 Amount to be depreciated (years 2009 through
2032 = 18 years)
 ($95,000 - $27,000 - $2,000) / 18 years
 = $3,667 (rounded) annual depreciation

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Dispositions of PP&E
• Plant assets may be:
– retired voluntarily, or
– disposed of by sale, exchange, involuntary
conversion

• Depreciation is recorded up to the date of disposal


before determining gain or loss

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Accounting for Exchanges
Types of Accounting Rationale
Exchange Guidance

Dissimilar Recognize gain Earnings process


assets and losses is complete

Similar Recognize loss; Earnings process


assets (cash Gain up to boot is partially
received) (partial gain) complete

Similar Recognize loss; Earnings process


assets (No Defer gain is not complete
cash received)
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Dissimilar Assets
• Amber Company exchanges a number of trucks
for land from Becktel Company.
• Fair value of trucks: $ 49,000.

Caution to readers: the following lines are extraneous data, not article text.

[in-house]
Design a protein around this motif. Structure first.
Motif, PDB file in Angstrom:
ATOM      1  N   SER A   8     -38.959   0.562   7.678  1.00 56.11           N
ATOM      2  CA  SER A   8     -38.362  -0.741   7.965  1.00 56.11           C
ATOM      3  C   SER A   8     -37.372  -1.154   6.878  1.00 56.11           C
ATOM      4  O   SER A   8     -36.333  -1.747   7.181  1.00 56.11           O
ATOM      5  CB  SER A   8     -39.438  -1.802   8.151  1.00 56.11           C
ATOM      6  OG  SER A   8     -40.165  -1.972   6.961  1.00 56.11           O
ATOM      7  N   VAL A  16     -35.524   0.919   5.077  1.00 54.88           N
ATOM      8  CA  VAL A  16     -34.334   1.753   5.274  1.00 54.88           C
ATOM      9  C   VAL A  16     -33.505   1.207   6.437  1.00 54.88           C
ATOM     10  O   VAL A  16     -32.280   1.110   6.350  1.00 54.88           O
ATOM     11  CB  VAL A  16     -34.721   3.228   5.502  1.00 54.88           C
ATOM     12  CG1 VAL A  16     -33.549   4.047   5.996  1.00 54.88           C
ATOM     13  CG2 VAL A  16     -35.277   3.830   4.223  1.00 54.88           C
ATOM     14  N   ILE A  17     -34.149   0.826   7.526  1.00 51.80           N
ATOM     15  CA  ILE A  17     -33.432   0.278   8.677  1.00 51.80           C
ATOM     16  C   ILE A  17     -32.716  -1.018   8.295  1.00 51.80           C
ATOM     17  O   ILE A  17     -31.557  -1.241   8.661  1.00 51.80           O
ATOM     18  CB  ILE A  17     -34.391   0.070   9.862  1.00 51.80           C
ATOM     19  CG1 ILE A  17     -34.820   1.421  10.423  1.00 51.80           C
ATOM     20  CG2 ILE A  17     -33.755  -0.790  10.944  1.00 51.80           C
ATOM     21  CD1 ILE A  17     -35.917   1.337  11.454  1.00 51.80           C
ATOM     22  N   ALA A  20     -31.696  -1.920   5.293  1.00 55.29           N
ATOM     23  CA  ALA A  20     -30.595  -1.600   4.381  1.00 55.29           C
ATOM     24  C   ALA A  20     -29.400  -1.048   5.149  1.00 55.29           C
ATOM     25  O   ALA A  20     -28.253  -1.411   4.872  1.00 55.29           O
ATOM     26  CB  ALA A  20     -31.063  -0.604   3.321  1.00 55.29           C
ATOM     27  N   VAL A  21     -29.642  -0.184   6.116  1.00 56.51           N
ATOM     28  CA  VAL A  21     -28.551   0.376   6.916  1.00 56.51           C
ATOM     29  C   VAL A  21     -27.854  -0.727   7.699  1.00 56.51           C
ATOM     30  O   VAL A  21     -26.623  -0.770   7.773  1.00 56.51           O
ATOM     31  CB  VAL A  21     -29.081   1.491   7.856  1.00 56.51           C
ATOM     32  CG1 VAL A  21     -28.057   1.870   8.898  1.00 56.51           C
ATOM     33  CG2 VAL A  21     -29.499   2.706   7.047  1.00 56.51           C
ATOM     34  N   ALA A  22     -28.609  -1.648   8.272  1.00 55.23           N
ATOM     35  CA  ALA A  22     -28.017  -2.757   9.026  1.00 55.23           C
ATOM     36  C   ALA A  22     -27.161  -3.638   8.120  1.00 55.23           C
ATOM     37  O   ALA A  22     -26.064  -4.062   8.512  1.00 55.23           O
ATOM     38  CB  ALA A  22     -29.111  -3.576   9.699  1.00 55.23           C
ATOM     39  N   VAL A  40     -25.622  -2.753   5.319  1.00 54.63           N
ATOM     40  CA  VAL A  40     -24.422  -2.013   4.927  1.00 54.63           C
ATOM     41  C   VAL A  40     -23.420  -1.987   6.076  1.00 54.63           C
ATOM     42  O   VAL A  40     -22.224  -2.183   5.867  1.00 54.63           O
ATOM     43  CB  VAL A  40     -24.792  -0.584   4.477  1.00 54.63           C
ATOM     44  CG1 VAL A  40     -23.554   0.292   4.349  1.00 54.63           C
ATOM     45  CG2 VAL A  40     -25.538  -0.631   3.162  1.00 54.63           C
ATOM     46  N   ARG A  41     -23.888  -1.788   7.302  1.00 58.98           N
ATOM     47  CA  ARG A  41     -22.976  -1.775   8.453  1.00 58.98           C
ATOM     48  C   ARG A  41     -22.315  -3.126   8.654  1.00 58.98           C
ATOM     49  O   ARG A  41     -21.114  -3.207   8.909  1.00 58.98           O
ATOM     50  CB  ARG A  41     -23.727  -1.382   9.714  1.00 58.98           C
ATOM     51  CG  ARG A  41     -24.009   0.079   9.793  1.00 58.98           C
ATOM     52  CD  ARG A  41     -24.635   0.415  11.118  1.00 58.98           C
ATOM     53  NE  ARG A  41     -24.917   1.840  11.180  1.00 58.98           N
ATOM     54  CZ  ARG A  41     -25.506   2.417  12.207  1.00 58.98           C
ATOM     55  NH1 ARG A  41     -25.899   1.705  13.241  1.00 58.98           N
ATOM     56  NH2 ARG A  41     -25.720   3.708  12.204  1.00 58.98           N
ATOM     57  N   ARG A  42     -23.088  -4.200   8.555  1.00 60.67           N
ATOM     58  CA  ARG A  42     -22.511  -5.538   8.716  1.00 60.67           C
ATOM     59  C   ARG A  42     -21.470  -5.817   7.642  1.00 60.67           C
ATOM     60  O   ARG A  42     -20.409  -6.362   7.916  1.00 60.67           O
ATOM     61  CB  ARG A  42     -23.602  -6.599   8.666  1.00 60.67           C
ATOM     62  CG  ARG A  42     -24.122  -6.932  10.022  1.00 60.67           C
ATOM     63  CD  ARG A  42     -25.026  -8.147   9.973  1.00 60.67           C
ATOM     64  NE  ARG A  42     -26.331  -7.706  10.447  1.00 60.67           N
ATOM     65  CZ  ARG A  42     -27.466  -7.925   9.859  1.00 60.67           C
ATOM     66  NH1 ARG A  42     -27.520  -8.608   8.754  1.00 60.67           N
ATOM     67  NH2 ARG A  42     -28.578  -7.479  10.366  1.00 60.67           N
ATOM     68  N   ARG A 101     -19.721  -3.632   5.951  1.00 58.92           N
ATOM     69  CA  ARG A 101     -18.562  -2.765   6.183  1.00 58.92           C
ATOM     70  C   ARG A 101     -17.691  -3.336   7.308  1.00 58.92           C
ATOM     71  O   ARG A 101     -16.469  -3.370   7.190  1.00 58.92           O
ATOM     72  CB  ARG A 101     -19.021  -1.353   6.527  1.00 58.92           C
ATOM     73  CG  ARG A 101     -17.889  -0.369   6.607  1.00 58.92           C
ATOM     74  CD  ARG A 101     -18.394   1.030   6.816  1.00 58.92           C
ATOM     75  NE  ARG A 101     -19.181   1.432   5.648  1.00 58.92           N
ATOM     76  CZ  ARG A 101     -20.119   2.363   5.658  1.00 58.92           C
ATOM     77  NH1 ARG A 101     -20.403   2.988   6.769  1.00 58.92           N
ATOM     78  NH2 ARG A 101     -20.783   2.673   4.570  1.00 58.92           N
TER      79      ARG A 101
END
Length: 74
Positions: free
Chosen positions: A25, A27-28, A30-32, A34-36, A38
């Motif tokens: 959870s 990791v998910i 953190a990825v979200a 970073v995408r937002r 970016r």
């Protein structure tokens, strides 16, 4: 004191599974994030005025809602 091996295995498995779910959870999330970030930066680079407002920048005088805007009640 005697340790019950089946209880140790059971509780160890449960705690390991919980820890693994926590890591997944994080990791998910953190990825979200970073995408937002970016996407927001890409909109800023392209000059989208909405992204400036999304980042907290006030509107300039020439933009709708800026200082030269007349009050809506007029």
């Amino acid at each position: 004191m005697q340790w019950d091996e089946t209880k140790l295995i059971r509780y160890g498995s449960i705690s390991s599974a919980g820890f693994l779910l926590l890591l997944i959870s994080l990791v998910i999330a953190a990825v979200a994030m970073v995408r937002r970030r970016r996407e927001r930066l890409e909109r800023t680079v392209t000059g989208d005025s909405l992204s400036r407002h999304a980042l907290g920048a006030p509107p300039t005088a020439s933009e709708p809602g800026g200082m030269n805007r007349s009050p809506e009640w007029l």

• Book value of trucks: $ 42,000
(Cost, $64,000; Accu. Depr, $ 22,000)
• Cash paid to Becktel: $ 17,000
• Record the purchase in Amber’s books.

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Dissimilar Assets

Land,
Amber
FMV= $66,000
Becktel

Cash, $17,000
plus
Trucks,
FMV= $49,000

Amber recognizes gain= FMV less Book value = $7,000


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Dissimilar Assets
Land Dr. $ 66,000
Accu. Dep (Trucks) Dr. $ 22,000
Trucks $ 64,000
Cash $ 17,000
Gain on disposal $ 7,000

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Similar Assets (loss)
• Amber Company exchanges a used machine for a
similar machine from Becktel Company.
• Fair value of used machine: $ 6,000.
• Book value of used machine: $ 8,000
(Cost, $12,000; Accu. Depr, $ 4,000)
• Cash paid to Becktel: $ 7,000
• Record the purchase in Amber’s books.

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Similar Assets (Loss)

New machine,
Amber
FMV= $13,000
Becktel

Cash, $ 7,000
plus
used machine,
FMV= $ 6,000

Amber recognizes loss ==> Book value less FMV = $2,000


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Similar Assets (Loss)
New Machine Dr. $ 13,000
Accu. Dep (Old) Dr. $ 4,000
Loss on disposal Dr. $ 2,000
Machine (old) $ 12,000
Cash $ 7,000

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Similar Assets (Deferred gain)
• Davis Company exchanges Ford cars for GM cars